title: Reflecting mansplaining link: https://claireduvallet.wordpress.com/2017/03/14/reflecting-mansplaining/ author: cduvallet description: post_id: 953 created: 2017/03/14 14:03:36 created_gmt: 2017/03/14 14:03:36 comment_status: open post_name: reflecting-mansplaining status: publish post_type: post
Active listening is a hallmark of conflict management. One of the most important parts of active listening is reflecting, which means that you basically say what the other person just said. Sometimes you can also reframe what they said to a positive, future-focused message (e.g. reframing a complaint into what they would _want _to be the case). Reframing is actually quite difficult to sustain, but reflecting is really easy - and transformative! During my conflict management training in August, we were matched up with professional mediator mentors during our mediation role plays. My first mentor had a rule that we weren’t allowed to ask any questions until we repeated what the speaker had just said. She would kick us in the shins if we jumped into questioning before reflecting. It was startingly effective - not just in reminding us to reflect, but also in making the mediation session move along productively! Since discovering this way of communicating, it’s all I ever want - both when I’m talking to others and also when I see people (mis)communicating. I’ve also started thinking that so many heated debates could be transformed into more productive, learning conversations if only there were more reflecting happening. For example, I saw this Facebook post about mansplaining yesterday: https://www.facebook.com/kat.tanaka.okopnik/posts/10209142684503935 The thread on the first comment by a man named Alan is incredibly enriching and I highly recommend reading it all. Apart from the great vocabulary and explanations provided by Kat and other commenters, I found it striking that Alan’s comments were relatively non-inflammatory. Often in threads like this, the conversation quickly becomes accusatory and/or bigoted. In this case, it looks like Alan just doesn’t “get” it. How differently would his message have been received if it included some reflecting and reframing? Rather than his original response:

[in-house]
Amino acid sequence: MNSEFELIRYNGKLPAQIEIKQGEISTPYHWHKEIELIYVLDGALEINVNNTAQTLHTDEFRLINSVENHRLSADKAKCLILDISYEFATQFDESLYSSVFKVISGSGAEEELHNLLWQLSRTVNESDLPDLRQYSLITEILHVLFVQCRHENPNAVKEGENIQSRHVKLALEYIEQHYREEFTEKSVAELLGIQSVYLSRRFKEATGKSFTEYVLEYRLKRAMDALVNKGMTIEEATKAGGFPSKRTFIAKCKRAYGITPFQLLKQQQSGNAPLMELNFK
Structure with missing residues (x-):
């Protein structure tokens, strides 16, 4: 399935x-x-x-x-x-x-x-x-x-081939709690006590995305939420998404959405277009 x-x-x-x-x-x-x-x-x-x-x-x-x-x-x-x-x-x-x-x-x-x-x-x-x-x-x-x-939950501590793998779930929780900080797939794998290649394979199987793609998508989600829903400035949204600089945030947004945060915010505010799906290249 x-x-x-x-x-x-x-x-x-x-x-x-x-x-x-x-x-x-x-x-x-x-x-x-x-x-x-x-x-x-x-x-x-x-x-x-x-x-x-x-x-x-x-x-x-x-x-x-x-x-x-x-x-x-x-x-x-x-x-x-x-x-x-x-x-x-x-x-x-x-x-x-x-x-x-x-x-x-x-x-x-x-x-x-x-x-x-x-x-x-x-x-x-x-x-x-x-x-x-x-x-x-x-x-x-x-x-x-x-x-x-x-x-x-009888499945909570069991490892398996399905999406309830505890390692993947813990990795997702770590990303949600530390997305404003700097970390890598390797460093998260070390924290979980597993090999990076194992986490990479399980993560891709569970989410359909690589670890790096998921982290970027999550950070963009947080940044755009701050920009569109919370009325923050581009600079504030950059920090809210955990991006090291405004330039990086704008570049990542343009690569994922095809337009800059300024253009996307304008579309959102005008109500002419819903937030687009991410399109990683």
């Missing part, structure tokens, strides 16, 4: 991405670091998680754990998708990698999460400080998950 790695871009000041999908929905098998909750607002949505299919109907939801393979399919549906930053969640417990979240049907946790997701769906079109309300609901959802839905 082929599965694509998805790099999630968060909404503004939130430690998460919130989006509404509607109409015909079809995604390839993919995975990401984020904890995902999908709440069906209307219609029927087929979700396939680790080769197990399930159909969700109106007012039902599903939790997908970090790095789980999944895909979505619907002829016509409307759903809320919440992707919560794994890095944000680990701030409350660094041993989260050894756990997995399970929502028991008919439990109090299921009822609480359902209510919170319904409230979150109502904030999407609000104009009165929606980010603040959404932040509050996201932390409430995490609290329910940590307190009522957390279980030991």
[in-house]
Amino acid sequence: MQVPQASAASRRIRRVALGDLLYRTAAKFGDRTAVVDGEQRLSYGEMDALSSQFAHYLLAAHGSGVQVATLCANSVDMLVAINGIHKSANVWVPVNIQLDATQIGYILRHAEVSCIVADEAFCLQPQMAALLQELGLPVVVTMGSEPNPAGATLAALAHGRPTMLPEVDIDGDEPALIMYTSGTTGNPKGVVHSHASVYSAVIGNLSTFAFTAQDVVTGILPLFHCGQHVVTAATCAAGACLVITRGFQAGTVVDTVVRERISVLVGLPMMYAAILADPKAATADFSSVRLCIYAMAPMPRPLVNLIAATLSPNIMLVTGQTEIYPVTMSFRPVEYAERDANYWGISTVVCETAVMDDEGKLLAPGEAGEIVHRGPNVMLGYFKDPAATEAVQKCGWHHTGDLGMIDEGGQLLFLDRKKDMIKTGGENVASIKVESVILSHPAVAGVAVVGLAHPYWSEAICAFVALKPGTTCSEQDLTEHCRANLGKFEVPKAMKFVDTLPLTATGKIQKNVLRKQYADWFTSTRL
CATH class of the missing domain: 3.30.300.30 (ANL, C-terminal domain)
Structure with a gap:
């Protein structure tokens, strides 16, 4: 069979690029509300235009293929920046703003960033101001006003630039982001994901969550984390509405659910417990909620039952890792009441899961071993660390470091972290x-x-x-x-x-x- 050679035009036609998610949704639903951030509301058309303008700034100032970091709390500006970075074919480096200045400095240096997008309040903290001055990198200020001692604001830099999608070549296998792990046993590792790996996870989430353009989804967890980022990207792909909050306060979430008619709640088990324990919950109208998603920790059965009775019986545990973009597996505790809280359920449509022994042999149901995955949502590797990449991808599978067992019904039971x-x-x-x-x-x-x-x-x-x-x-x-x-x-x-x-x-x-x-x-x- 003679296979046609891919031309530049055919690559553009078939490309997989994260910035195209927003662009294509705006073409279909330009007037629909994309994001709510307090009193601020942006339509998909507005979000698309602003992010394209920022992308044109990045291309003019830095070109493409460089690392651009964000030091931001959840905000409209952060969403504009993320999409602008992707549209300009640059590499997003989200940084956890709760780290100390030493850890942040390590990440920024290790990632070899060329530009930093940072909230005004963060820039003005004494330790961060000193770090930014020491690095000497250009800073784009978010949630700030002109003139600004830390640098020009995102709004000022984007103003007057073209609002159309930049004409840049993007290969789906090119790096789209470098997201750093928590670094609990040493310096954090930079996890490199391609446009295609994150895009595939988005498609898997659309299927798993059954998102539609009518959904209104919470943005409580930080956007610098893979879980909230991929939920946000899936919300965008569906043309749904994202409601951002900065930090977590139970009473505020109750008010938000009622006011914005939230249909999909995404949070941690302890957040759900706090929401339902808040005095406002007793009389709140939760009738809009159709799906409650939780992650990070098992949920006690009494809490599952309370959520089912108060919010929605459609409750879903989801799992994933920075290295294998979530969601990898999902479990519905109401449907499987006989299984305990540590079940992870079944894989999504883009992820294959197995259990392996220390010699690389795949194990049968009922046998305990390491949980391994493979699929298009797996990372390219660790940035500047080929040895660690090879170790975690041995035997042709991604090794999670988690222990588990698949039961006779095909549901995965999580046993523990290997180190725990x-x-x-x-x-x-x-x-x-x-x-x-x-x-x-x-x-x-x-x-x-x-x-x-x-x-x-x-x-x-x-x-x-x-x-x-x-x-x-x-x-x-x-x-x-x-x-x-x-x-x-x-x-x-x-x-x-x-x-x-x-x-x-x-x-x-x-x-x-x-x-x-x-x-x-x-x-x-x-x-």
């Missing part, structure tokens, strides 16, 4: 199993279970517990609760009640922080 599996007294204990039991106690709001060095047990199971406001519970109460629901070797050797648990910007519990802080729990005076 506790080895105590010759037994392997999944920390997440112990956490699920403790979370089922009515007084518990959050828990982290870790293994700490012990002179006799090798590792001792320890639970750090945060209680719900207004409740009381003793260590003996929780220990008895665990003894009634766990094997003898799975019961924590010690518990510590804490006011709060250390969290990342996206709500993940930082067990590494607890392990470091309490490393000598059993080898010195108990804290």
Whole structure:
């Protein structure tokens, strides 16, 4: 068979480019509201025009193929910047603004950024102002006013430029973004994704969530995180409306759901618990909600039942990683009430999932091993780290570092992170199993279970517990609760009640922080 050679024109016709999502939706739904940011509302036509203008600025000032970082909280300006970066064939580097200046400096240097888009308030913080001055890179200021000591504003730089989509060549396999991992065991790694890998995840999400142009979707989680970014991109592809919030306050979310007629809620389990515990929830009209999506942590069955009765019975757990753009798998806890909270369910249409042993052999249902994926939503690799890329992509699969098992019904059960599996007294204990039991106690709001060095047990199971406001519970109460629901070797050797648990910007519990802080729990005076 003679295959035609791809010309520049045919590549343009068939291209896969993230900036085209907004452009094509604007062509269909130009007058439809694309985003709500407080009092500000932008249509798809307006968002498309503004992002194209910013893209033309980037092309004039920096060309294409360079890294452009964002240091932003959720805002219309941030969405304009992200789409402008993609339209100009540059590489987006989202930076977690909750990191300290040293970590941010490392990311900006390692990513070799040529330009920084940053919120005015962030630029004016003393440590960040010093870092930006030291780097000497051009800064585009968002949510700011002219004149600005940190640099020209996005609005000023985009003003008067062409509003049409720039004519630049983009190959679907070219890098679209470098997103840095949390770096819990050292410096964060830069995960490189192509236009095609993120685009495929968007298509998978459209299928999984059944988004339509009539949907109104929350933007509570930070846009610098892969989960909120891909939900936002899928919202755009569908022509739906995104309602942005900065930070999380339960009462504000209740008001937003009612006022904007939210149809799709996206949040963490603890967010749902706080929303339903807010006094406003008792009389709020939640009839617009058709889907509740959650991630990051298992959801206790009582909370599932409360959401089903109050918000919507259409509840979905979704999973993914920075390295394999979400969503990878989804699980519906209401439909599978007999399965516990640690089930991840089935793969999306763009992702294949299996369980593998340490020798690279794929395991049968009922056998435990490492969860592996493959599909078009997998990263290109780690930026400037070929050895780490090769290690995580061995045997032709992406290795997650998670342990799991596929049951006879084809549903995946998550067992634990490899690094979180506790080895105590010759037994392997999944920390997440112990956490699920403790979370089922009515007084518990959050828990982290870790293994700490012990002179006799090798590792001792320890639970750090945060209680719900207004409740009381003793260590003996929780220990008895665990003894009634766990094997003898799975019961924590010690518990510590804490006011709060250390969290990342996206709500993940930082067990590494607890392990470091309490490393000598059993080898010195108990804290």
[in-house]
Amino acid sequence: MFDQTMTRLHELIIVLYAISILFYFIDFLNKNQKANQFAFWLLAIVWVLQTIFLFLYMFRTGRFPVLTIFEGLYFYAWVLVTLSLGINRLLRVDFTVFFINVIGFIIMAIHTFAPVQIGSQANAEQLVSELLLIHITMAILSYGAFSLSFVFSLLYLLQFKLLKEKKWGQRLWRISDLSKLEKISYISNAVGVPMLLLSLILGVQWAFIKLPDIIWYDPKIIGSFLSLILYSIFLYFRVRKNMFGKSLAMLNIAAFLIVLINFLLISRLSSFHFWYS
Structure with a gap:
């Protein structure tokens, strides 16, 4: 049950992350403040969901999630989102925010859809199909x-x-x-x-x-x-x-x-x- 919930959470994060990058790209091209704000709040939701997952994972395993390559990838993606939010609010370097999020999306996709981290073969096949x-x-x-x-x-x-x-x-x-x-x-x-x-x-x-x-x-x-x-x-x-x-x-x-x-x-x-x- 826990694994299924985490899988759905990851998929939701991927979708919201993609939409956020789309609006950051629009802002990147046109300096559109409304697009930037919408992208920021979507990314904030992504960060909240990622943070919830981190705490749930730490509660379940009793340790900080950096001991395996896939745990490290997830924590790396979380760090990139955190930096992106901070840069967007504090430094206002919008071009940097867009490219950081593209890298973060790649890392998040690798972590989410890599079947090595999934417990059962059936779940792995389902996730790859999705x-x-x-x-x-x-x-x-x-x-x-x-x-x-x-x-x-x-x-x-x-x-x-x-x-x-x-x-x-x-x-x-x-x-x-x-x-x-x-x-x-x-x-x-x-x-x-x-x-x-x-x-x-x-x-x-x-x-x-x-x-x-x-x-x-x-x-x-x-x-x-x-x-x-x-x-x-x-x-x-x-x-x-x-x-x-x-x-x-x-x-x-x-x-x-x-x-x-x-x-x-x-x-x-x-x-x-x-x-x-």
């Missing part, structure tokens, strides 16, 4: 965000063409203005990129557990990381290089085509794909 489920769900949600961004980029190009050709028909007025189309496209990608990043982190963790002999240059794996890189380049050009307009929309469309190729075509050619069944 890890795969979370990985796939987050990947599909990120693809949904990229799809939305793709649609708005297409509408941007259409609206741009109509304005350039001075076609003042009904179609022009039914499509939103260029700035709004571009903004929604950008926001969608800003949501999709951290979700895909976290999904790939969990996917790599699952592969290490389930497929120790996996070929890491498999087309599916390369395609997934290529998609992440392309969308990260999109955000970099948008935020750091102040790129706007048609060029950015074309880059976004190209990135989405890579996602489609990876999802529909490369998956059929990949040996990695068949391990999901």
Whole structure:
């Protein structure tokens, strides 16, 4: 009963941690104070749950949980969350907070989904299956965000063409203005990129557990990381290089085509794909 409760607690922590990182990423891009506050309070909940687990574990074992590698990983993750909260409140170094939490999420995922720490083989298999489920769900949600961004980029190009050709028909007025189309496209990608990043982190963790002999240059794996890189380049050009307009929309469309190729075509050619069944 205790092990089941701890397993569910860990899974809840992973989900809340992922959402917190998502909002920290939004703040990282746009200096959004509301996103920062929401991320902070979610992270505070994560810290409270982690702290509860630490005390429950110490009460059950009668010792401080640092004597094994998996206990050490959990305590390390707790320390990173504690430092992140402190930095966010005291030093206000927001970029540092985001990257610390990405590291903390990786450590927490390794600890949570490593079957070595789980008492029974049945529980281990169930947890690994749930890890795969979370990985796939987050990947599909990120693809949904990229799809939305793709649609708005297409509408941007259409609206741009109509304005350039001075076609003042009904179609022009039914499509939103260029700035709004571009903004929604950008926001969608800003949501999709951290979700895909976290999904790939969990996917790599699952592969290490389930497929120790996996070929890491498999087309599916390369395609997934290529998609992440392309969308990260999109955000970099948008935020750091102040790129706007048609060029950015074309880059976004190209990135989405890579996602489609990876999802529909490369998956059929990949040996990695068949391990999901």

So, there’s some point in the future where it will no longer be OK for women to splain things to men in a belittling manner? Or there will be some indeterminate future point at which enough women are doing this effectively enough to give it an insulting name?
What if he had written:
I hear your frustration with the systemic, societal structures that lead to men disproportionately talking down to or over women and getting away with it even when the women have more expertise. I find that sometimes, I’ll also be talked down to by women who think that I’m too thick/insensitive/unaware to grasp a concept. Even though I recognize that there aren’t as many societal hierarchies at play in my experience, it still feels pretty bad. While there’s clearly a lot of work to be done with mansplaining and other types of ‘splaining, I also think it would be amazing to live in a world where all people respected each other and didn’t speak in belittling ways to each other - regardless of gender.
I think that comment would still be problematic and would still trigger an important conversation about mansplaining, but I wonder if the commenters on that thread would have been less defensive from the start. Either way, I bet we would have felt better that he at least _tried _to listen and understand.